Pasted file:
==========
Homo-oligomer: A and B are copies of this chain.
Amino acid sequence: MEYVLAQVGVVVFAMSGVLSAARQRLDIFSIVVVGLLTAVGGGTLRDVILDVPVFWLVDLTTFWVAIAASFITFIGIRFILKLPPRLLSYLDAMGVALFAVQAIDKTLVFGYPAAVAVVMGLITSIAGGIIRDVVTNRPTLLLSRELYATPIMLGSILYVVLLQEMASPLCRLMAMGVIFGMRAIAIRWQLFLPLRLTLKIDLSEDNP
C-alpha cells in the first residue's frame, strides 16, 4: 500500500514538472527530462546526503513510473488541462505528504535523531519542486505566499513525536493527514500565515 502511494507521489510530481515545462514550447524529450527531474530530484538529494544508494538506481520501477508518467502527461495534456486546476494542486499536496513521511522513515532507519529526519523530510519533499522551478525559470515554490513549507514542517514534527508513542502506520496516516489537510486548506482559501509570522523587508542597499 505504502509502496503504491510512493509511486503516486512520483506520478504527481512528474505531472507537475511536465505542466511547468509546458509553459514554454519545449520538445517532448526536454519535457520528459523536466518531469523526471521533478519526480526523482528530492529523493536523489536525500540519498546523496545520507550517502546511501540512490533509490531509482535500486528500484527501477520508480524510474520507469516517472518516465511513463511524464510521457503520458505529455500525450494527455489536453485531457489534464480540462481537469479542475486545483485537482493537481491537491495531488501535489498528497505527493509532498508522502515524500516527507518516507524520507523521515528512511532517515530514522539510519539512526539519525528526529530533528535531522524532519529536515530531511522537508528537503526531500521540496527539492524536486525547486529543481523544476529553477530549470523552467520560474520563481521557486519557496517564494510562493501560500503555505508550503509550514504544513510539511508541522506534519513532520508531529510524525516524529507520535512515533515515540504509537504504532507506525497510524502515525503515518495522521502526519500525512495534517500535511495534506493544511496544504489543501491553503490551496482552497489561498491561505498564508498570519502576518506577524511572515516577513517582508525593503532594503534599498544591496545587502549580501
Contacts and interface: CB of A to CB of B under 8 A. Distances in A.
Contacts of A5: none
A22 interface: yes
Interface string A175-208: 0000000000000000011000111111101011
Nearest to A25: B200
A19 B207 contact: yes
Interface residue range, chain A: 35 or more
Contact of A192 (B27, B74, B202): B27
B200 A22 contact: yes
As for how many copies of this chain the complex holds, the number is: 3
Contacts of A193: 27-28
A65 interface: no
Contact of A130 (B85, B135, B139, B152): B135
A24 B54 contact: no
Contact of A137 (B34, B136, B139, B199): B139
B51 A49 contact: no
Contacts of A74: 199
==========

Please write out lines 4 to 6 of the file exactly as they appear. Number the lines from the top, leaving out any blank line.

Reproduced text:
Contacts and interface: CB of A to CB of B under 8 A. Distances in A.
Contacts of A5: none
A22 interface: yes